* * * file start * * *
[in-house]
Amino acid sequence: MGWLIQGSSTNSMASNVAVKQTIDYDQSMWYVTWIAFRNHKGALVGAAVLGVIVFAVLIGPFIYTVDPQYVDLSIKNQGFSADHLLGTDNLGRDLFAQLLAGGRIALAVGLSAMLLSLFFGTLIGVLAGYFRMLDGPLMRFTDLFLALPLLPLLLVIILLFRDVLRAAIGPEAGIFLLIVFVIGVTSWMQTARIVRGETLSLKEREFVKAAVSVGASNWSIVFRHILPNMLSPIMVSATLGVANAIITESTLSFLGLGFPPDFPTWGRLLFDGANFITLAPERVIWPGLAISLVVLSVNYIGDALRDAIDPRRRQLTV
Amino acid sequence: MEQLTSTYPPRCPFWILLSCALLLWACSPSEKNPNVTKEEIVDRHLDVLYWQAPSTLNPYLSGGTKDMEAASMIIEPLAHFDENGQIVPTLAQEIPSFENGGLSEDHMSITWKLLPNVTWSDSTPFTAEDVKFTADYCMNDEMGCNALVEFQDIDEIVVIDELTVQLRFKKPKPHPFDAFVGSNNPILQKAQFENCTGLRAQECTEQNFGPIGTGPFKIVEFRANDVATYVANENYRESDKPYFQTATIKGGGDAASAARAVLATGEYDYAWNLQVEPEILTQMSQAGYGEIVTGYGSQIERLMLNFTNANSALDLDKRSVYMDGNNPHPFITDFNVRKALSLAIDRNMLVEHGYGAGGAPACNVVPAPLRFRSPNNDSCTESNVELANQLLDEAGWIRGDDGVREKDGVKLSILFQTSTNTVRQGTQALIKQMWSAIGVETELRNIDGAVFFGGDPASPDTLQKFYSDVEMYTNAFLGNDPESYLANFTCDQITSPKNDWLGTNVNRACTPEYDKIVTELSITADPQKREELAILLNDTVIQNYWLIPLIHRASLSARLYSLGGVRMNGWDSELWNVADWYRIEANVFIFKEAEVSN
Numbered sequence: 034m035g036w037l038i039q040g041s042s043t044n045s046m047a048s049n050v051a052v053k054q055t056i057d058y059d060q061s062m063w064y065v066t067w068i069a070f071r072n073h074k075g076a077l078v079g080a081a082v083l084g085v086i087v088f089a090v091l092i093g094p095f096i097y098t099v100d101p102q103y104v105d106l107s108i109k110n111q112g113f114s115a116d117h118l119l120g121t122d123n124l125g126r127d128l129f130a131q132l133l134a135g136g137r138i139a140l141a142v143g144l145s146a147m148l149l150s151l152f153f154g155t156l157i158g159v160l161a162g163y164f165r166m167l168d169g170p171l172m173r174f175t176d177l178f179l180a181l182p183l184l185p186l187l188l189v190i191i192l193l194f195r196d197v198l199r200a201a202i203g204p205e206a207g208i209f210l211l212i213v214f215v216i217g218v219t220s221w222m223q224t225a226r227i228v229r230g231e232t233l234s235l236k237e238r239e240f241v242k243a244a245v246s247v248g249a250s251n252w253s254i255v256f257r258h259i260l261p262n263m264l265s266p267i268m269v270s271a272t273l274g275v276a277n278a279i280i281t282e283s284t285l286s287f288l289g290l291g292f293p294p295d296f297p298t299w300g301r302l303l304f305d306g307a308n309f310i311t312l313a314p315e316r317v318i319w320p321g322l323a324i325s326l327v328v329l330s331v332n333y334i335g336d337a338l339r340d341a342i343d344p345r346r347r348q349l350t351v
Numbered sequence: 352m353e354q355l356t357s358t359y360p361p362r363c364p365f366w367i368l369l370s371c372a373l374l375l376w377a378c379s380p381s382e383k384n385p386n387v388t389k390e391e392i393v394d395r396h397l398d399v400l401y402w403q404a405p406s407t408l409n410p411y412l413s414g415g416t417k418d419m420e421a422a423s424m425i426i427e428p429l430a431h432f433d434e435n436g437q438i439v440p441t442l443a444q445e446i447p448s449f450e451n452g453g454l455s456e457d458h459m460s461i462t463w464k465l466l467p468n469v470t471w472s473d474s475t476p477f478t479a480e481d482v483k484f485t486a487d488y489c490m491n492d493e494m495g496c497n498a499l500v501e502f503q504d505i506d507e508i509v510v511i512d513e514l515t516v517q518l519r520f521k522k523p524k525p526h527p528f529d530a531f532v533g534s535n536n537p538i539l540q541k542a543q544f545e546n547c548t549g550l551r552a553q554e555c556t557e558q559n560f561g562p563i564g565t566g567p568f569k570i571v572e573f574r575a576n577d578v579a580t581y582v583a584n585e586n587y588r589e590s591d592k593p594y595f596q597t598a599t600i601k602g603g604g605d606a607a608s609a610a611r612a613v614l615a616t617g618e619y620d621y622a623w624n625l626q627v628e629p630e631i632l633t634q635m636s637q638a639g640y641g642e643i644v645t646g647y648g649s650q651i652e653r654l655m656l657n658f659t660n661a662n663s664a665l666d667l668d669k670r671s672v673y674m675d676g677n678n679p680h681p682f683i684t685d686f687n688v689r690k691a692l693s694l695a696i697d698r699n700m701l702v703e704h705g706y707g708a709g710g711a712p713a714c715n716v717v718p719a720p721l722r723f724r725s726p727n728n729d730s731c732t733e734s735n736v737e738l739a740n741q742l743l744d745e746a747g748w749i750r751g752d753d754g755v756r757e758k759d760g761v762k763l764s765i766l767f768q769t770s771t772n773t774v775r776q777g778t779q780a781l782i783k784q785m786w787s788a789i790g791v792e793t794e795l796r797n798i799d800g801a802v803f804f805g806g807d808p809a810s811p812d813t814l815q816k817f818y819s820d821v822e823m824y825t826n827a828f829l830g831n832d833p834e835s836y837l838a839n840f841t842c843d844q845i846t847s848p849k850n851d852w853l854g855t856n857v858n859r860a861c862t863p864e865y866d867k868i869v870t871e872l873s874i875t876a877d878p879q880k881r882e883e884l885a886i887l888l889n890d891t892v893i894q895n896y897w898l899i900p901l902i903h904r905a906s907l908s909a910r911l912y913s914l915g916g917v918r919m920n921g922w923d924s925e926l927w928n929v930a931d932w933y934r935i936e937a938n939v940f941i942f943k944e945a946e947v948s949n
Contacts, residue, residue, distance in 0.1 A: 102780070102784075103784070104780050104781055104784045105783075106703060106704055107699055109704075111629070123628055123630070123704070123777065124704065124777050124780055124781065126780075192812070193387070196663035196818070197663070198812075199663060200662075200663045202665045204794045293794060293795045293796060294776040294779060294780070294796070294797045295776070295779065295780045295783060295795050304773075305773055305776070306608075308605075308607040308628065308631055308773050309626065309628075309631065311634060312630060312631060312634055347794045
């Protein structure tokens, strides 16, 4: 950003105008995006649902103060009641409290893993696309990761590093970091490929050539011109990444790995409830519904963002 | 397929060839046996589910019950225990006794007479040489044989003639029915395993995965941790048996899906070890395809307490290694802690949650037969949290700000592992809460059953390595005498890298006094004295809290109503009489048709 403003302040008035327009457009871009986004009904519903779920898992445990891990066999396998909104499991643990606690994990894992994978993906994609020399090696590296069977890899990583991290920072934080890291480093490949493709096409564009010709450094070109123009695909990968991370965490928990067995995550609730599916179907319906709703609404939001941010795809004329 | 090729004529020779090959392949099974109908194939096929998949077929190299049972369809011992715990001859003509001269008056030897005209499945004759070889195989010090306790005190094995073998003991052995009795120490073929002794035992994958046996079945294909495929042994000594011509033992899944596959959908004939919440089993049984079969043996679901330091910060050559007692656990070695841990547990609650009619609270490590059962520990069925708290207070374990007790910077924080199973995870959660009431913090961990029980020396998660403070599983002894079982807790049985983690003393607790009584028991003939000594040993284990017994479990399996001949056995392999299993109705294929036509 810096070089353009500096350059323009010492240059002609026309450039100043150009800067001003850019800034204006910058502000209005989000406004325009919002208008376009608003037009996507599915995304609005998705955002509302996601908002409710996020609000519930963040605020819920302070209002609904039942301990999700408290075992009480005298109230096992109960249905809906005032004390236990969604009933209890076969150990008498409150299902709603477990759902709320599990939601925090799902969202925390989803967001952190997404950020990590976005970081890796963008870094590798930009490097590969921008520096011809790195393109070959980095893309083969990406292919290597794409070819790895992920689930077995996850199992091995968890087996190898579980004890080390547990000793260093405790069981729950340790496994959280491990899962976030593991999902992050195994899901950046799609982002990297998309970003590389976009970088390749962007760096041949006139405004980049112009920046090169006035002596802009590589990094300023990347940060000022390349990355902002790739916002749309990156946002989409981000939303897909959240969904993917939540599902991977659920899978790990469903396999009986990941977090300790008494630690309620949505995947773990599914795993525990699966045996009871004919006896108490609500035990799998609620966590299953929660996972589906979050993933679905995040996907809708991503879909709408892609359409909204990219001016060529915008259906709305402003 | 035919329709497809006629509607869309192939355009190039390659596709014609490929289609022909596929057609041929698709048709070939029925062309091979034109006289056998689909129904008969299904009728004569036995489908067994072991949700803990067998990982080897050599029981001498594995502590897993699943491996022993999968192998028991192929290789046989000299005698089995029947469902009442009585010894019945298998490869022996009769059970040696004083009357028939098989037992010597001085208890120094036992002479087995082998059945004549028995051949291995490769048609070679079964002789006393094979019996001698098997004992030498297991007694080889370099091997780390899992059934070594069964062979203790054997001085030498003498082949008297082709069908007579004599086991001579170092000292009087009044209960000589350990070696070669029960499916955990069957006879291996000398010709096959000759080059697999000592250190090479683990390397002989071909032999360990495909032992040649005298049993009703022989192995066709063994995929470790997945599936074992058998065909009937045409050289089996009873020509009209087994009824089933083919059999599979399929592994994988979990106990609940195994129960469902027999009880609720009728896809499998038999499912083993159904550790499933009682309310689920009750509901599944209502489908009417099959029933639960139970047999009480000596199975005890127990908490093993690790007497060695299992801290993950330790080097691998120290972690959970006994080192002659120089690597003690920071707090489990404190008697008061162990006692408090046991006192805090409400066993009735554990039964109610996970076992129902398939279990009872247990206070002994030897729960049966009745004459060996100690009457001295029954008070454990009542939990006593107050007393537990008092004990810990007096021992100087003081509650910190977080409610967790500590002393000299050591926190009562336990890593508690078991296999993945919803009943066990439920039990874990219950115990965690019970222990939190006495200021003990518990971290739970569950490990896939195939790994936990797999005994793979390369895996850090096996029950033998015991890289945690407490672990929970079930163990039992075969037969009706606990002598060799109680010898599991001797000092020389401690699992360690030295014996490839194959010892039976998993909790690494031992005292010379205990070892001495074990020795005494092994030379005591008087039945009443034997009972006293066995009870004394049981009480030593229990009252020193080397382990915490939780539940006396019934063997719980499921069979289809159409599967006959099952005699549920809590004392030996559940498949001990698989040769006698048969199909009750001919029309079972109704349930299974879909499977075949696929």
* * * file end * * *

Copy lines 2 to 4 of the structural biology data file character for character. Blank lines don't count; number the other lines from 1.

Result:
Amino acid sequence: MGWLIQGSSTNSMASNVAVKQTIDYDQSMWYVTWIAFRNHKGALVGAAVLGVIVFAVLIGPFIYTVDPQYVDLSIKNQGFSADHLLGTDNLGRDLFAQLLAGGRIALAVGLSAMLLSLFFGTLIGVLAGYFRMLDGPLMRFTDLFLALPLLPLLLVIILLFRDVLRAAIGPEAGIFLLIVFVIGVTSWMQTARIVRGETLSLKEREFVKAAVSVGASNWSIVFRHILPNMLSPIMVSATLGVANAIITESTLSFLGLGFPPDFPTWGRLLFDGANFITLAPERVIWPGLAISLVVLSVNYIGDALRDAIDPRRRQLTV
Amino acid sequence: MEQLTSTYPPRCPFWILLSCALLLWACSPSEKNPNVTKEEIVDRHLDVLYWQAPSTLNPYLSGGTKDMEAASMIIEPLAHFDENGQIVPTLAQEIPSFENGGLSEDHMSITWKLLPNVTWSDSTPFTAEDVKFTADYCMNDEMGCNALVEFQDIDEIVVIDELTVQLRFKKPKPHPFDAFVGSNNPILQKAQFENCTGLRAQECTEQNFGPIGTGPFKIVEFRANDVATYVANENYRESDKPYFQTATIKGGGDAASAARAVLATGEYDYAWNLQVEPEILTQMSQAGYGEIVTGYGSQIERLMLNFTNANSALDLDKRSVYMDGNNPHPFITDFNVRKALSLAIDRNMLVEHGYGAGGAPACNVVPAPLRFRSPNNDSCTESNVELANQLLDEAGWIRGDDGVREKDGVKLSILFQTSTNTVRQGTQALIKQMWSAIGVETELRNIDGAVFFGGDPASPDTLQKFYSDVEMYTNAFLGNDPESYLANFTCDQITSPKNDWLGTNVNRACTPEYDKIVTELSITADPQKREELAILLNDTVIQNYWLIPLIHRASLSARLYSLGGVRMNGWDSELWNVADWYRIEANVFIFKEAEVSN
Numbered sequence: 034m035g036w037l038i039q040g041s042s043t044n045s046m047a048s049n050v051a052v053k054q055t056i057d058y059d060q061s062m063w064y065v066t067w068i069a070f071r072n073h074k075g076a077l078v079g080a081a082v083l084g085v086i087v088f089a090v091l092i093g094p095f096i097y098t099v100d101p102q103y104v105d106l107s108i109k110n111q112g113f114s115a116d117h118l119l120g121t122d123n124l125g126r127d128l129f130a131q132l133l134a135g136g137r138i139a140l141a142v143g144l145s146a147m148l149l150s151l152f153f154g155t156l157i158g159v160l161a162g163y164f165r166m167l168d169g170p171l172m173r174f175t176d177l178f179l180a181l182p183l184l185p186l187l188l189v190i191i192l193l194f195r196d197v198l199r200a201a202i203g204p205e206a207g208i209f210l211l212i213v214f215v216i217g218v219t220s221w222m223q224t225a226r227i228v229r230g231e232t233l234s235l236k237e238r239e240f241v242k243a244a245v246s247v248g249a250s251n252w253s254i255v256f257r258h259i260l261p262n263m264l265s266p267i268m269v270s271a272t273l274g275v276a277n278a279i280i281t282e283s284t285l286s287f288l289g290l291g292f293p294p295d296f297p298t299w300g301r302l303l304f305d306g307a308n309f310i311t312l313a314p315e316r317v318i319w320p321g322l323a324i325s326l327v328v329l330s331v332n333y334i335g336d337a338l339r340d341a342i343d344p345r346r347r348q349l350t351v